Wednesday, 12 February 2014


LAST CHANCE GAS – Part III

 

Universal Media Syndicate

 

TITAN – The final chapter in the mysterious saga of the missing E.S. Armstrong has yet to be written. The vessel is out there somewhere beyond the human boundary: that much is known. Whether the ship is crippled and adrift in the emptiness of deep space, wrecked upon the barren surface of an asteroid, suffered a collision with a meteor or has met some other unpredictable fate remains a topic of pure speculation. On Earth, far-fetched alien conspiracy theories, so much a symptom of this age of exploration, abound. Here on Titan, the Armstrong’s last port of call, there is a firm yet quiet faith that she must one day come home.

 

There is a palpable sense of relief in the filtered, recycled air of the Last Chance Gas complex when the E.S. Champlain touches down. One of their own, like the prodigal wanderer of myth, has successfully returned from an extended mission in the great void. The Champlain is inbound, stopping on Titan for refueling and maintenance before undertaking the next leg of the relay back to Earth. The hulking hull of the ship fills in all of the gaps in the refinery’s lattice pattern of scaffold and piping, its ovular shape suggesting an ancient dirigible, one of humankind’s original airships.

 

The 16-wheeled accordion crew shuttles have begun splashing through the relentless green methane rain from the landing pad and disgorging their riders. The Last Chance Gas mess hall is filling up. The atmosphere above the long picnic-style tables and benches is thick with gree-gree vapour and fluids flying from toasted drinks. The video bulwarks flick a moiré pattern of real time Titan data (the weather among other things is always a concern), entertainment shorts and advertisements for goods and services which may only be had closer to Earth. The noise is akin to an idling rocket motor. The scene is a celebration, a tacit reminder that despite all of the progress and technological leaps, human life is frail and at great risk in these merciless and distant environs.

 

Champlain Commander Alicia Yuan has been around. “But only if you’re talking about the solar system,” she laughs. She is sitting with Last Chance Gas proprietor Jimmy Singh and Grant Turnbull, the refinery’s overseer. The trio has known each other for years, ever since Singh opened a night club on the First Martian Colony. “I remember The Brass Tiger well,” says Yuan. “It was notorious. But what happened at The Brass Tiger stays at The Brass Tiger.” There is an aura of exclusivity to the reunion, interlopers are welcome but will always remain outsiders. The jokes and japes are fast and furious. “I’ll tell you this much,” Yuan shouts above the din, “Jimmy likes me better outbound because that means I’m carrying a cargo of goodies for him. Grant likes me better inbound because it means he gets away from Jimmy for a well deserved holiday.”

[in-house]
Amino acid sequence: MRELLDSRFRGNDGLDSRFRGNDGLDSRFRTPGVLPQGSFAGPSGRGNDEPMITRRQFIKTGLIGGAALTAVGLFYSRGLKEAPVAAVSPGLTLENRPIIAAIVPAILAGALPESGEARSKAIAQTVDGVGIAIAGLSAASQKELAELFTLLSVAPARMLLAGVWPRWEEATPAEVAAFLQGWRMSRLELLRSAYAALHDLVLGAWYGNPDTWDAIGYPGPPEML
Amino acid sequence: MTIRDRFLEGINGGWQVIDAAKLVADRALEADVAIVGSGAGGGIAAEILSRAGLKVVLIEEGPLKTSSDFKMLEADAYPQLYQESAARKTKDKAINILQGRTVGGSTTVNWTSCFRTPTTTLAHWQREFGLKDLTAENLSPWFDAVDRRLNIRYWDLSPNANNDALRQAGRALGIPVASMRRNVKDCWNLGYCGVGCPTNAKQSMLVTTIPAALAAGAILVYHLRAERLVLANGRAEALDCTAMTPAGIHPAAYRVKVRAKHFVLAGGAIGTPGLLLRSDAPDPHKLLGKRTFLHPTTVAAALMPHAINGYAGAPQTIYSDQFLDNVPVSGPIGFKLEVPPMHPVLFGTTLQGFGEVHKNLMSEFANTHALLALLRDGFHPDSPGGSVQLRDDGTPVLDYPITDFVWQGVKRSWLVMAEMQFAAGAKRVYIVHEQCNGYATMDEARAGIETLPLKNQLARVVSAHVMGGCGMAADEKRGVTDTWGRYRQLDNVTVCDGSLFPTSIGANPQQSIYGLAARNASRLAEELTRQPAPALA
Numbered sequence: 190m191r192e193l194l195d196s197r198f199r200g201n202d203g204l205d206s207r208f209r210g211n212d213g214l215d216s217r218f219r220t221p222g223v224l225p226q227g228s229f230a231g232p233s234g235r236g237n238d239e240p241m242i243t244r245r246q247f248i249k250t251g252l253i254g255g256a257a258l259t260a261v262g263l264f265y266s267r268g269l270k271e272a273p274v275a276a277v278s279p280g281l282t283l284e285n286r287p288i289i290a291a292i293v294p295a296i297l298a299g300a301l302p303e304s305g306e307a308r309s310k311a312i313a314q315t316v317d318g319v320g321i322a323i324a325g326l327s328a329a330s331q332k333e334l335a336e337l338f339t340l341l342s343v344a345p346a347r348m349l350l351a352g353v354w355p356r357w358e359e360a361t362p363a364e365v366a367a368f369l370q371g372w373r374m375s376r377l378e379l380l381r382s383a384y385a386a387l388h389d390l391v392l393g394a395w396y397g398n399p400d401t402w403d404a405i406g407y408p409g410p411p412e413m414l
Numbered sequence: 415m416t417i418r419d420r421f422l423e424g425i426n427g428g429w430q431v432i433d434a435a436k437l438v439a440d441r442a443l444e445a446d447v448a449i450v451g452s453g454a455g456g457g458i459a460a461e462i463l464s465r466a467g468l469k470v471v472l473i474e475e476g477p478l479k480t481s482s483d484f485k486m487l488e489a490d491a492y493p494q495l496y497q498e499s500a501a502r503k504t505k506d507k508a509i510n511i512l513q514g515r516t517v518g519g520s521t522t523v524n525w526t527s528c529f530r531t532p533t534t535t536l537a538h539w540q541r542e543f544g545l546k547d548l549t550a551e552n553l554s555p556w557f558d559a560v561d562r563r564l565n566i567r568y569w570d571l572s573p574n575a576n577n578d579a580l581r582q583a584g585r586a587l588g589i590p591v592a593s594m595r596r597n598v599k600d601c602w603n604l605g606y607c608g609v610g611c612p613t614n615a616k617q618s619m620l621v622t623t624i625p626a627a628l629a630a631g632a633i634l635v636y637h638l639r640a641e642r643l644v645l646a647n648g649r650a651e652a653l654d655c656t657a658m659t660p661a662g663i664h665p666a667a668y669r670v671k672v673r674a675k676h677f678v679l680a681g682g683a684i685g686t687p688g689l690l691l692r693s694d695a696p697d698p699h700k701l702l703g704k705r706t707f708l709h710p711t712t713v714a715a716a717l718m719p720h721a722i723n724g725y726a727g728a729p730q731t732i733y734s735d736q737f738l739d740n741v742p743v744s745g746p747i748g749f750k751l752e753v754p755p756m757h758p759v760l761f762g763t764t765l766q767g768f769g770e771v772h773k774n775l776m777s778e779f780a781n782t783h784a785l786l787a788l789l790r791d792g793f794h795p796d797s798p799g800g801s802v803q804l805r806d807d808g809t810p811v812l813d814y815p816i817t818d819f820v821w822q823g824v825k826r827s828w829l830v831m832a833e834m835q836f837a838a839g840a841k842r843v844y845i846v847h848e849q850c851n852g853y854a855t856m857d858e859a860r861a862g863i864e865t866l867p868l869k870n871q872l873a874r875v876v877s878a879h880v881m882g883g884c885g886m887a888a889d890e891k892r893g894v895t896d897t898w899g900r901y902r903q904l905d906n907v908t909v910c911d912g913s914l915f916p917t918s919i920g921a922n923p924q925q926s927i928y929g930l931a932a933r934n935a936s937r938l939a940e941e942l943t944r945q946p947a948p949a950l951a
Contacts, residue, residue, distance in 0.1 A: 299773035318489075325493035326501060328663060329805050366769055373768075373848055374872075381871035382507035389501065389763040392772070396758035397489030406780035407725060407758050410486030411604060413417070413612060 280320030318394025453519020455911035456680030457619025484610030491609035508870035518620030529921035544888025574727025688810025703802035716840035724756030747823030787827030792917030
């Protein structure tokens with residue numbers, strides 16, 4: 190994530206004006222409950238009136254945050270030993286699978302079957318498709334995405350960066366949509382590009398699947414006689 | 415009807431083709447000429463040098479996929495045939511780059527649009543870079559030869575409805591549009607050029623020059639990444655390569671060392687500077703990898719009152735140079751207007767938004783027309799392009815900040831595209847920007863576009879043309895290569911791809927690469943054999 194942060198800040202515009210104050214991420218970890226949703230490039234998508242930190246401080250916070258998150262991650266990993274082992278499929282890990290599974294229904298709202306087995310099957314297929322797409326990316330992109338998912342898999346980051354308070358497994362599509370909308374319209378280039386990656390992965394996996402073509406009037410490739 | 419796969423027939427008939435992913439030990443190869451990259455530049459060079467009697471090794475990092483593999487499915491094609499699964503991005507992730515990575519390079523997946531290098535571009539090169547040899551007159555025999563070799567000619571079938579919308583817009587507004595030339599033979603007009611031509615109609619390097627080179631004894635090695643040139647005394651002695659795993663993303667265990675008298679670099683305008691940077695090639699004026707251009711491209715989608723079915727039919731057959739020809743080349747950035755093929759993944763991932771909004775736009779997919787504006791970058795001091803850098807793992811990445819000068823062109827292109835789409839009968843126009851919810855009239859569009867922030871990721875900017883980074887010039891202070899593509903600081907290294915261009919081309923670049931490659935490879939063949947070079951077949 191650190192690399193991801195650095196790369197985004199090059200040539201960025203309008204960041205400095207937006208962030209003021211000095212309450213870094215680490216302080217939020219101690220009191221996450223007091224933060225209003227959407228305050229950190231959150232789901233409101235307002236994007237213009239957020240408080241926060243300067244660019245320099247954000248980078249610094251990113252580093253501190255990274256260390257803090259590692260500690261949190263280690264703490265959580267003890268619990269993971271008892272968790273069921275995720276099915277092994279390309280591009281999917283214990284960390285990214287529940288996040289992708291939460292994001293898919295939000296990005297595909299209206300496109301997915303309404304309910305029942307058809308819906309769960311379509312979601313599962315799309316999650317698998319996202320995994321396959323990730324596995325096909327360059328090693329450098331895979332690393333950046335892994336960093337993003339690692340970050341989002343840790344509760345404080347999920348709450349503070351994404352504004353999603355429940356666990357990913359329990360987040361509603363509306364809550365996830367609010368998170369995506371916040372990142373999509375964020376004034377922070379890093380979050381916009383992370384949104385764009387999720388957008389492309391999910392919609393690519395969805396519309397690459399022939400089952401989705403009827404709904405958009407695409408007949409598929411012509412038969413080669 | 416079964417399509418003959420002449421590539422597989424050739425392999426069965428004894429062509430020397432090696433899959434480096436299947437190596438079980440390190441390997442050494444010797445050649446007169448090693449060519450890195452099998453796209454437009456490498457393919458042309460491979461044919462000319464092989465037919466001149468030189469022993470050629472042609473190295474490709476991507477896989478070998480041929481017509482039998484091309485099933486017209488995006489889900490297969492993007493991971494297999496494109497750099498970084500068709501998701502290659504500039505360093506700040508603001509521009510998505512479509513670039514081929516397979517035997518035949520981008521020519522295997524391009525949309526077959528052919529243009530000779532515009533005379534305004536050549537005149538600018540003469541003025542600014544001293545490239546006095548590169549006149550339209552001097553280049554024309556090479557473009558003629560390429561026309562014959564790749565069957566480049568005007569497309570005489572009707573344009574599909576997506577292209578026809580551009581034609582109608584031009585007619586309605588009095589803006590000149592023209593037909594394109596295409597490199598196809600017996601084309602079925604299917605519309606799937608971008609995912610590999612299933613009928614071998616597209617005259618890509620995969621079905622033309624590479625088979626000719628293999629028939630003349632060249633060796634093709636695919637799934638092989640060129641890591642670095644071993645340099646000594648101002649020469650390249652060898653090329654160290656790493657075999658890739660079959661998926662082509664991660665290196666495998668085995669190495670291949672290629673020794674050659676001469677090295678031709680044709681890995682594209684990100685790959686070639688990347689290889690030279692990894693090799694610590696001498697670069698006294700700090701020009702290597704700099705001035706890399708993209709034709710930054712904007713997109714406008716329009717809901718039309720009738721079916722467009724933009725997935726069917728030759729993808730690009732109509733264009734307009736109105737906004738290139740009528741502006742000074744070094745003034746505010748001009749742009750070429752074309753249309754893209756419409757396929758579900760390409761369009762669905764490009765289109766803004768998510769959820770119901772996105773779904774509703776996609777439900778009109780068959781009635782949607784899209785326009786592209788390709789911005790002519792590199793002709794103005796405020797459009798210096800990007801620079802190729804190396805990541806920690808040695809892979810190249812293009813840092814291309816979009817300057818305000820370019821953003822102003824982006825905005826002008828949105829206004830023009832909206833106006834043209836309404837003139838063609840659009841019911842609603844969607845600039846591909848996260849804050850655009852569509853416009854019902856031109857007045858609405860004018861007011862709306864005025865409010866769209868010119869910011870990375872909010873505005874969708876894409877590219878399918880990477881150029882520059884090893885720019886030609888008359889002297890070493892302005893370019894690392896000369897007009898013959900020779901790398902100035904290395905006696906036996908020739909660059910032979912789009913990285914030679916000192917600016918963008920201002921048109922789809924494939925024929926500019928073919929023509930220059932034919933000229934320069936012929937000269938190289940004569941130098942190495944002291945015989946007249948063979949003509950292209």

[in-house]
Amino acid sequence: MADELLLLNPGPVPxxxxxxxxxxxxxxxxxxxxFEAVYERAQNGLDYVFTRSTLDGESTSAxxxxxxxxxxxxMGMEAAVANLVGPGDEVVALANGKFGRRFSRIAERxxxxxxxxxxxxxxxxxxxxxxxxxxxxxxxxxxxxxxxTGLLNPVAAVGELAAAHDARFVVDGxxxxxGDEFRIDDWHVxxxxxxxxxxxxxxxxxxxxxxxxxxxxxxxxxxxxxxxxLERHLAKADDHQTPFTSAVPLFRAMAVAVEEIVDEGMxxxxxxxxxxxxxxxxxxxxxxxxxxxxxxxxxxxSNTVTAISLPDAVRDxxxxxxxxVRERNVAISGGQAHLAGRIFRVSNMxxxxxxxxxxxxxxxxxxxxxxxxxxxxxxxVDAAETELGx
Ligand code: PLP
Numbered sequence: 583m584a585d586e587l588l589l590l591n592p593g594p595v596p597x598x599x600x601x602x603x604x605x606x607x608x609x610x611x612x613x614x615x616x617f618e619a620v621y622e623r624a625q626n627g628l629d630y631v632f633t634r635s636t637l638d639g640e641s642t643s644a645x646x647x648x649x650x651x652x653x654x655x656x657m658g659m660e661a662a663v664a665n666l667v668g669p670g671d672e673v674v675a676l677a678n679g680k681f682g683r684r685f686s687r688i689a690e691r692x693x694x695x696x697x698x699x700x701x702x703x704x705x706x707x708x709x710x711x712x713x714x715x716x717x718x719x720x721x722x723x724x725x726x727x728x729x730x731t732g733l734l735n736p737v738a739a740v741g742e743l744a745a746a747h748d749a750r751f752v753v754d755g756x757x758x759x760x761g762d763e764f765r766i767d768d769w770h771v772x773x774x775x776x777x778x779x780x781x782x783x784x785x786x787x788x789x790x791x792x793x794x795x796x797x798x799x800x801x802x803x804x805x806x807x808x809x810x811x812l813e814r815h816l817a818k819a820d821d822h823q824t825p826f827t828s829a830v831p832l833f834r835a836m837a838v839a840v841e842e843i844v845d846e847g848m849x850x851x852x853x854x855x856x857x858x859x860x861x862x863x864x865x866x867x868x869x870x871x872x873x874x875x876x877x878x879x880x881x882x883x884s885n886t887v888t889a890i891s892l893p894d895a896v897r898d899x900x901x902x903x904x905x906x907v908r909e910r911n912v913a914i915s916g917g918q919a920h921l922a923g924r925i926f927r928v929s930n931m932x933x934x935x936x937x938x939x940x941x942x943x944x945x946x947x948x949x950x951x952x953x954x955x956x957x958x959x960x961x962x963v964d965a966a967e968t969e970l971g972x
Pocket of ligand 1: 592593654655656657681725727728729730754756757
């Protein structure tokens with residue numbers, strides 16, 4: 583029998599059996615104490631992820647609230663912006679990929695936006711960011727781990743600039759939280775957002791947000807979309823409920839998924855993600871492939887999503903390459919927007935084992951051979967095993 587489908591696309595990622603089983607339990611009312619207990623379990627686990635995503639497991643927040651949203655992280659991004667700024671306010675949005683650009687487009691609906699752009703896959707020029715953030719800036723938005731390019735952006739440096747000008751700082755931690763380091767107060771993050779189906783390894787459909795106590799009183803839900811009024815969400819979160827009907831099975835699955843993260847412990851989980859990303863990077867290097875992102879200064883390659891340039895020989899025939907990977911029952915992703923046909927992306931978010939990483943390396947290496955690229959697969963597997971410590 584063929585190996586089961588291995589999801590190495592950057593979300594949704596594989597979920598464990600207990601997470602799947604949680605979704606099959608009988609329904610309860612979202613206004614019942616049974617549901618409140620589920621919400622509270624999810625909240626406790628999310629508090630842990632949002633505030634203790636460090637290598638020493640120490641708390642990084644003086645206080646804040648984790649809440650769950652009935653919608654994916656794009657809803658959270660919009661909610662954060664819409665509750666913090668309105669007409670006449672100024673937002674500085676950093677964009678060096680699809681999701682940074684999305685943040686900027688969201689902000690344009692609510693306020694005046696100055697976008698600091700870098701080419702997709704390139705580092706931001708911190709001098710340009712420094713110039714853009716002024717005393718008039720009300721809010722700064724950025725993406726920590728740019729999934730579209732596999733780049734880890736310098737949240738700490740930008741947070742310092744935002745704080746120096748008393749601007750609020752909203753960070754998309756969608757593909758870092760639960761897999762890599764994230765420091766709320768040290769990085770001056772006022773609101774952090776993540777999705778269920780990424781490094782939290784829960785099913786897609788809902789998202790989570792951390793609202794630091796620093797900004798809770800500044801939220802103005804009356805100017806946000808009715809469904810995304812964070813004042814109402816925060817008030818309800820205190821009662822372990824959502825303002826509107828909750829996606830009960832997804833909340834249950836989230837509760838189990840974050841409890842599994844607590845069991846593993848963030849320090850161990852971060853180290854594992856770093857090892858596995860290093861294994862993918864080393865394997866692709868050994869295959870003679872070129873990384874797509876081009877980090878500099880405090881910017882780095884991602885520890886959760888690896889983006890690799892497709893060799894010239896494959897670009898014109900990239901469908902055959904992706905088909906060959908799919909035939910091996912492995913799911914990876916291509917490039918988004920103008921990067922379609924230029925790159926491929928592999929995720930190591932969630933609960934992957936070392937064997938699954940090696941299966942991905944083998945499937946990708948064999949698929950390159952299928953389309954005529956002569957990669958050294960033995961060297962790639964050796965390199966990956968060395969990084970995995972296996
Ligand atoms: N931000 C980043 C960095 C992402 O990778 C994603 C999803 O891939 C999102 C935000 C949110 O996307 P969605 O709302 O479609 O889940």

The talk soon turns serious, as it must and then to the fate of the Armstrong, as it will. The space travel relay system is innovative in its simplicity. Starships journey in stages from fuel point to fuel point. Titan is the end of the line or figuratively, the ends of the Earth. An outbound vessel from Singh’s Last Chance Gas will eventually near mission critical, the point of no return. The trouble is, mission critical is not an absolute U-turn co-ordinate on what may be an incomplete navigational chart.

 

“Ships’ ranges vary,” says Turnbull. “Once you’ve reached Titan and you’ve off-laden all of your cargo, you’re able to carry that much more fuel.”

 

“(Armstrong Commander) Yannick Saul was no cowboy,” Yuan maintains. “We trained together and he knew his ship, every O-ring and rivet, knew its limits.”

 

Singh adds, “I’m a businessman, not a scientist. But I can tell you that whatever the laws of astrophysics are, none of which I pretend to understand, weird things happen to time and distance out here. It’s possible the Armstrong communicated a distress signal. It may take years to reach us.”

 

Oddly for a perfect vacuum, space is full of noise. There is a constant background of static believed to be an echo of the Big Bang, the universe’s creation. Primitive radio waves and even beams from long ago extinguished sources of light become bent and distorted, knotting themselves into the pulsing fabric of the unknown. Nothing ever vanishes.

 

“Foo fighters,” Yuan says, using a phrase coined by 20th century aviators to describe strange atmospheric phenomena. But so far only silence from Commander Yannick Saul and the E.S. Armstrong throughout the white noise of the galaxy. “Whatever my mission is, whatever any Earth Ship mission is, we all have standing orders to locate and if possible, rescue the Armstrong.” Yuan stands up; her ship requires its Commander. “If it was the Champlain lost out there, my ship, I know Yan would be all over it.”

 

Copyright UMS 2414.

 
Part three of a series.

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